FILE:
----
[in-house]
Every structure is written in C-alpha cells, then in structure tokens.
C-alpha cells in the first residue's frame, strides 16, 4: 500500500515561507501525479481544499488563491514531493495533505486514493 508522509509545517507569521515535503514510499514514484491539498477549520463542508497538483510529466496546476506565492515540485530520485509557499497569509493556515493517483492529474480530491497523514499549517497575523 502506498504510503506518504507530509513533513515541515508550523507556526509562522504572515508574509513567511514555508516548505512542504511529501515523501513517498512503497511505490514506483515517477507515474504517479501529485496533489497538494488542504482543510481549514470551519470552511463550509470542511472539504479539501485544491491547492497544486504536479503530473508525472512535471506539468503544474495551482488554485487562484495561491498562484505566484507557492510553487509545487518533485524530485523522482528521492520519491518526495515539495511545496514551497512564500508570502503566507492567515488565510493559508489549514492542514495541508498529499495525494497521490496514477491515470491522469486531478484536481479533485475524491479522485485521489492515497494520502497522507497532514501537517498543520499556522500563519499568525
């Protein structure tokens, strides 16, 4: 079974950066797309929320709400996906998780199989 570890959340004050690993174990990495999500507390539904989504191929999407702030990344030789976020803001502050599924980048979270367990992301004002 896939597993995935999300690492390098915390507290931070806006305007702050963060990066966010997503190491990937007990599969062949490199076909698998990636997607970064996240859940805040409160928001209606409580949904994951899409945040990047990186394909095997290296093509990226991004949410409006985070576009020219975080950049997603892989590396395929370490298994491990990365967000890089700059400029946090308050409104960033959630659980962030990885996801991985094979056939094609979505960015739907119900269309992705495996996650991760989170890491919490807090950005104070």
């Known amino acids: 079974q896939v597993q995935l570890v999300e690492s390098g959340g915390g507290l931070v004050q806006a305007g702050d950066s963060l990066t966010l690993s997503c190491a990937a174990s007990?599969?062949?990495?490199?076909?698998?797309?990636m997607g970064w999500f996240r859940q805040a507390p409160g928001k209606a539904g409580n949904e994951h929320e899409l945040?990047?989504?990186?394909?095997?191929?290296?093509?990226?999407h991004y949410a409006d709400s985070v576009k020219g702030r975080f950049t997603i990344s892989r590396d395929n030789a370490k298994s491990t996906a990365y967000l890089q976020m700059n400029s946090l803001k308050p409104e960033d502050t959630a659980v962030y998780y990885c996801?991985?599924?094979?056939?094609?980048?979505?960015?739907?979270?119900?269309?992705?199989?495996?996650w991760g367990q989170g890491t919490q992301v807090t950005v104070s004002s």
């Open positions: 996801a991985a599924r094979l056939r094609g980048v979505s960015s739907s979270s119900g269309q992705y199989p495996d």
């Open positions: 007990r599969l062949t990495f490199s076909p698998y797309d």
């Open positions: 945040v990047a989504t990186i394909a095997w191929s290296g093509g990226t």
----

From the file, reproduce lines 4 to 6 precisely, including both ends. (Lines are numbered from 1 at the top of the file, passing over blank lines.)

């Protein structure tokens, strides 16, 4: 079974950066797309929320709400996906998780199989 570890959340004050690993174990990495999500507390539904989504191929999407702030990344030789976020803001502050599924980048979270367990992301004002 896939597993995935999300690492390098915390507290931070806006305007702050963060990066966010997503190491990937007990599969062949490199076909698998990636997607970064996240859940805040409160928001209606409580949904994951899409945040990047990186394909095997290296093509990226991004949410409006985070576009020219975080950049997603892989590396395929370490298994491990990365967000890089700059400029946090308050409104960033959630659980962030990885996801991985094979056939094609979505960015739907119900269309992705495996996650991760989170890491919490807090950005104070």
């Known amino acids: 079974q896939v597993q995935l570890v999300e690492s390098g959340g915390g507290l931070v004050q806006a305007g702050d950066s963060l990066t966010l690993s997503c190491a990937a174990s007990?599969?062949?990495?490199?076909?698998?797309?990636m997607g970064w999500f996240r859940q805040a507390p409160g928001k209606a539904g409580n949904e994951h929320e899409l945040?990047?989504?990186?394909?095997?191929?290296?093509?990226?999407h991004y949410a409006d709400s985070v576009k020219g702030r975080f950049t997603i990344s892989r590396d395929n030789a370490k298994s491990t996906a990365y967000l890089q976020m700059n400029s946090l803001k308050p409104e960033d502050t959630a659980v962030y998780y990885c996801?991985?599924?094979?056939?094609?980048?979505?960015?739907?979270?119900?269309?992705?199989?495996?996650w991760g367990q989170g890491t919490q992301v807090t950005v104070s004002s």
């Open positions: 996801a991985a599924r094979l056939r094609g980048v979505s960015s739907s979270s119900g269309q992705y199989p495996d």